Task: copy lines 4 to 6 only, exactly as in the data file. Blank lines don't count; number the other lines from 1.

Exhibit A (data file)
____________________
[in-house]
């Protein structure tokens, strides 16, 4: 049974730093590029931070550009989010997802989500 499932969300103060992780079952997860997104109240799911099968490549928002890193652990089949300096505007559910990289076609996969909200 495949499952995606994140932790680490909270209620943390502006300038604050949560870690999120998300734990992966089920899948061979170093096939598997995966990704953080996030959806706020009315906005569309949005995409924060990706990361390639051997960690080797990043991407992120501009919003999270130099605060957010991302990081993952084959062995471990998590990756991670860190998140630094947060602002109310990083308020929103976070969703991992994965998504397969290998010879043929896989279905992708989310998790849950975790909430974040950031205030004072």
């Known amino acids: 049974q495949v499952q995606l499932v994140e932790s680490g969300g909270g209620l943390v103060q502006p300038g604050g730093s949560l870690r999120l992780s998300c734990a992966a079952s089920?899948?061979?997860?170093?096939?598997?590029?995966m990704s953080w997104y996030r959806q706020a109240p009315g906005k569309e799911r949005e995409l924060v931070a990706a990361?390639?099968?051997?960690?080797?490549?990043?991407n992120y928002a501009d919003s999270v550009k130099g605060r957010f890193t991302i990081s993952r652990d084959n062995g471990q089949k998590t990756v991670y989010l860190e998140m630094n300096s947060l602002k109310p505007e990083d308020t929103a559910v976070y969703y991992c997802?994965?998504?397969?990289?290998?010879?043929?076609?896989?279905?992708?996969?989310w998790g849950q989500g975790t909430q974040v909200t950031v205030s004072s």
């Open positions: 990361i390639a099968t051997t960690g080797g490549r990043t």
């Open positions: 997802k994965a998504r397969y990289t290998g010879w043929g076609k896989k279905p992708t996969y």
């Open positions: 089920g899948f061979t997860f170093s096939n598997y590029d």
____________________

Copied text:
């Open positions: 990361i390639a099968t051997t960690g080797g490549r990043t």
């Open positions: 997802k994965a998504r397969y990289t290998g010879w043929g076609k896989k279905p992708t996969y």
């Open positions: 089920g899948f061979t997860f170093s096939n598997y590029d």